AbstractLocalised surface plasmons (LSPs) exhibit striking optical behaviour with resonant properties tuned by modification of the host nanostructure’s geometry. This work utilises a novel, plasmonic gold nanorod array surface as a sensing platform for diagnostic applications. Biological species were detected through the sensitivity of plasmons to refractive index changes and the binding kinetics were determined. Investigations were Lysozyme, an immune system enzyme, Proteins A and G from common bacteria and Trastuzumab (Herceptin), a breast cancer drug. Generally, the calculated kinetic coefficients were in good agreement with published values.
To improve sensitivity and uniformity of the chips, the effect of surface parameters, such as diameter, height and spacing were investigated through computational modelling. Finite element method (FEM) software, COMSOL Multiphysics was used to find an optimal setup for improved sensitivity of the surface, with nanorod diameter, 35nm, height, 200nm and spacing of 40nm. The small array spacing may be difficult to fabricate so an array with nanorods of 20x150nm and spacing of 60nm may be more viable.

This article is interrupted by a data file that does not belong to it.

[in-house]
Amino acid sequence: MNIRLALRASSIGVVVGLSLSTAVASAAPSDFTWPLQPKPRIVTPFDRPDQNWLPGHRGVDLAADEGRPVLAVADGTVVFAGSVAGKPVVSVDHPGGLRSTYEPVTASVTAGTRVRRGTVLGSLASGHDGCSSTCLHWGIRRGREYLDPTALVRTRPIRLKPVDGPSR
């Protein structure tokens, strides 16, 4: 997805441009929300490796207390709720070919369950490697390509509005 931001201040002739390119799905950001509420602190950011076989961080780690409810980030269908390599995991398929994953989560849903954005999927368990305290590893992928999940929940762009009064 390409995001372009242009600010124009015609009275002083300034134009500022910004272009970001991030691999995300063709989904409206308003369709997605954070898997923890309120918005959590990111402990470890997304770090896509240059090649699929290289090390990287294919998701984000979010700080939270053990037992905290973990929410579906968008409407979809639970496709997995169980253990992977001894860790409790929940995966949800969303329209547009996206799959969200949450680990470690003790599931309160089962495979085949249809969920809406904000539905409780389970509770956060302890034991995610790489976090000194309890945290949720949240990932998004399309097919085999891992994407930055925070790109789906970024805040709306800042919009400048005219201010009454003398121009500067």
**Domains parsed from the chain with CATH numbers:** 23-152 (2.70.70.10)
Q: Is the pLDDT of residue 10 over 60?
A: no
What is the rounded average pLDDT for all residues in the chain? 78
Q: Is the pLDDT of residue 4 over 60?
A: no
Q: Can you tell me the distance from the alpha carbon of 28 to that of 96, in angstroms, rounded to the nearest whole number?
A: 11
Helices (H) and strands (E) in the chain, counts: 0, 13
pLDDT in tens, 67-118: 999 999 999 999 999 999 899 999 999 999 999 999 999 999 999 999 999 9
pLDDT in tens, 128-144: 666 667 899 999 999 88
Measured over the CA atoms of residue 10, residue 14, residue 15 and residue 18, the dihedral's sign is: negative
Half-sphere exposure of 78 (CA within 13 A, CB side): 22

Simulations showed field enhancements within the nanostructured array, which could be utilised for plasmon-enhanced fluorescence (PEF) to amplify the signal from fluorescent molecules. Integration of chips into a well plate produced an easy to use setup within readily available microplate readers in diagnostic laboratories. Chips were characterised, and then modelled to simulate field enhancement factors for comparison to experimental data. Enhancement factors of 2-5 were in good agreement with most experimental values, however some chips had increased experimental enhancement factors of around 20.
The simulation work completed shows how surface properties, including fabrication defects and array coupling, affect the electromagnetic behaviour of the novel nanorod array surface. While the results help to improving fundamental knowledge of plasmonic interactions, simulated plasmonic spectra and local field enhancements can also be used to guide fabrication for a range of LSP applications. Additionally, the surface has been shown to be a feasible sensing platform for diagnostic applications, with in-situ monitoring through the tabletop LSPR device or through the initial PEF setup.
|Date of Award||Dec 2020|
|Sponsors||Engineering & Physical Sciences Research Council|
|Supervisor||Robert Pollard (Supervisor) & Sharon Arbuthnot (Supervisor)|
- computational modelling